Kent, Queen Anne's Farms Featured on Tour

4/19/2014 7:00 AM
By Michael Short Delmarva Correspondent

SUDLERSVILLE, Md. — In just a few short years, Chesapeake Greenhouse has turned a hydroponic lettuce operation into a thriving business serving three colleges, a variety of farmers markets and as many as 45 different restaurants.

Chesapeake Greenhouse was one of five different stops on the recent Maryland Farm Tour. Held on Wednesday, April 9, the farm tour in Kent and Queen Anne’s counties was meant to showcase different elements of Maryland’s diverse farming community.

“Each tour, which includes a public meeting, is designed to give Marylanders an opportunity to share their opinions and discuss issues and policies affecting agriculture and rural communities, exchange ideas, meet the commission members and get better acquainted with the role of the” Maryland Agricultural Commission, said Maryland Secretary of Agriculture Buddy Hance.

The commission participates in outreach tours in the spring and fall of each year. The tours enable members to gain a better understanding of the nature and diversity of agriculture in the state, as well as give area farmers an opportunity to express their concerns to the commission.

Schmidt Farms in Sudlersville, a third-generation farm featured on the tour, includes a vineyard management company and a family of farmers deeply involved in agricultural research. Schmidt Farms is currently partnering with the University of Maryland in a cover crop study using a new machine to seed cover crops in standing corn; a GreenSeeker study with the Universities of Maryland and Delaware to learn how to maximize nitrogen use; and a groundwater study with the U.S. Geological Survey funded by the Maryland Soybean Board and the Maryland Grain Producers.

Jennie Schmidt writes a regular blog entitled “thefoodiefarmer.”

Other farms on the tour included Andelot Farm in Worton, which includes 1,800 acres of land and has deeded farm easements to the Maryland Environmental Trust and the Eastern Shore Land Conservancy; Crow Vineyard in Kennedysville, which joins a vineyard, a bed and breakfast, and a grass-fed beef operation with a theme, “stay original”; The Deerfield Poultry Farm in Centerville, which produces 500,000 broilers a year and has been honored for its energy efficiency efforts; and Fair Hill Farm in Chestertown, a 400-cow dairy farm.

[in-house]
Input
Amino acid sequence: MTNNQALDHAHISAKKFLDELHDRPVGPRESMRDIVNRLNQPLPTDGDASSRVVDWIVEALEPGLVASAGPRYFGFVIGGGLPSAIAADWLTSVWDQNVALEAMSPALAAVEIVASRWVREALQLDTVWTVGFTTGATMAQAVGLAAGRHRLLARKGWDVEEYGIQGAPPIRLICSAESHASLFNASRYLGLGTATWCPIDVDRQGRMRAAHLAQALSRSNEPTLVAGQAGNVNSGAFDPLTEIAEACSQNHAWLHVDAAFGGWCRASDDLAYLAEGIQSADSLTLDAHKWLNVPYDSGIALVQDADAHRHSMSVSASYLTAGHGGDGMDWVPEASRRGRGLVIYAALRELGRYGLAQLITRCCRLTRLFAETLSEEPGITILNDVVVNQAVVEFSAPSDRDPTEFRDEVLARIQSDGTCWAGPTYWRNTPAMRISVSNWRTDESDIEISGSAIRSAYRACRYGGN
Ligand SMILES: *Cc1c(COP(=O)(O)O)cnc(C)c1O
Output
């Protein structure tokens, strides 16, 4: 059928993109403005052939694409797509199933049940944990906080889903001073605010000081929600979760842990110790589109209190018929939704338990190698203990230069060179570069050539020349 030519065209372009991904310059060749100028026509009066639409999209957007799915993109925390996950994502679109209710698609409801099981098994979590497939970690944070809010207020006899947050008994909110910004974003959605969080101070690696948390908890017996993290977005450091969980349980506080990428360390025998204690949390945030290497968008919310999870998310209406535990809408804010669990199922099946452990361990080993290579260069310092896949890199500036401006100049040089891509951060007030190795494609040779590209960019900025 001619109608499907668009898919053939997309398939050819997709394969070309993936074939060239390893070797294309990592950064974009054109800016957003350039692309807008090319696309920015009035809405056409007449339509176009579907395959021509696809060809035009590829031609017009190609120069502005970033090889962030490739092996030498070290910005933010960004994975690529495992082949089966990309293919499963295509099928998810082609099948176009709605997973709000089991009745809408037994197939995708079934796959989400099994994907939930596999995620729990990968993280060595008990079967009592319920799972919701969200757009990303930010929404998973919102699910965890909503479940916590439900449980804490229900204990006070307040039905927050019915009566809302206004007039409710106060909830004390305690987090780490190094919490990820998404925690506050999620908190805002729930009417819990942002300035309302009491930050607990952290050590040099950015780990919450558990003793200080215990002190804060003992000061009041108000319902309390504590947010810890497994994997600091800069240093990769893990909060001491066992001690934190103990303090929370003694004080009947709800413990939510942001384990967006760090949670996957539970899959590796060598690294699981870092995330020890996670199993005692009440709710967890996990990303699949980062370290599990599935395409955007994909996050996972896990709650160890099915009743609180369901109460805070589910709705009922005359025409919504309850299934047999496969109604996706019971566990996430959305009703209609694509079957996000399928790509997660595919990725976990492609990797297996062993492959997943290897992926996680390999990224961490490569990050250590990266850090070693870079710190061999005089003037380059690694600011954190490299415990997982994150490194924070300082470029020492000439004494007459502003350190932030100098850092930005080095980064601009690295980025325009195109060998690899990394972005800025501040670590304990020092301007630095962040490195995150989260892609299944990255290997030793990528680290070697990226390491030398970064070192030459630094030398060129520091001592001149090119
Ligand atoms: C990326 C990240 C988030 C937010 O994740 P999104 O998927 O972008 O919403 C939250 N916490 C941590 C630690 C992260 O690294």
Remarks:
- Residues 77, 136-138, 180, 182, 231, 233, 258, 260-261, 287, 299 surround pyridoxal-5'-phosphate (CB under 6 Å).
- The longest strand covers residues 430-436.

Several of the farms were notable for their environmental efforts whether it was growing organic crops, recycling water, saving energy or deeding farm easements to conservation groups.

“We can all work together,” said Hans Schmidt. “I think agriculture, a lot of times, is getting a raw deal.”

Hans Schmidt stressed the research efforts and the community involvement of his family, including the GreenSeeker program, which measures plant vitality when applying fertilizer; a program that can reduce fertilizer usage.

Schmidt Farms grows a variety of crops, including about 22 acres of vineyards. They also have a vineyard management company that will rent spraying equipment, plant vines or provide workers for some 100 acres of vineyards in two states.

“If all you want to do is walk through the vineyard and hold a glass of wine, we can do that,” joked Jennie Schmidt.

There are some 42,000 heads of lettuce growing in the Chesapeake Greenhouse facility, which began in 2008 in a half-acre greenhouse. Owner John Maniscalco said that there seemed to be plenty of hydroponic businesses growing tomatoes or flowers, but none growing specialty lettuce.

The family facility recycles its water, meaning it only uses an estimated 10 percent of the water used for field-grown lettuce, he said.

“My nutrient runoff plan is zero,” he said.

Chesapeake grows herbs and a variety of specialty romaine, spring mix and bibb lettuces in a tightly controlled environment that can manage everything but the sunshine. Sustainable is a buzzword that is often tossed around agricultural circles these days.

“For us, it is very efficient,” Maniscalco said.

Maniscalco noted that hydroponic farming is not a new concept.

“The hanging gardens of Babylon” used it, he said. “This has been around for 5,000 years.”

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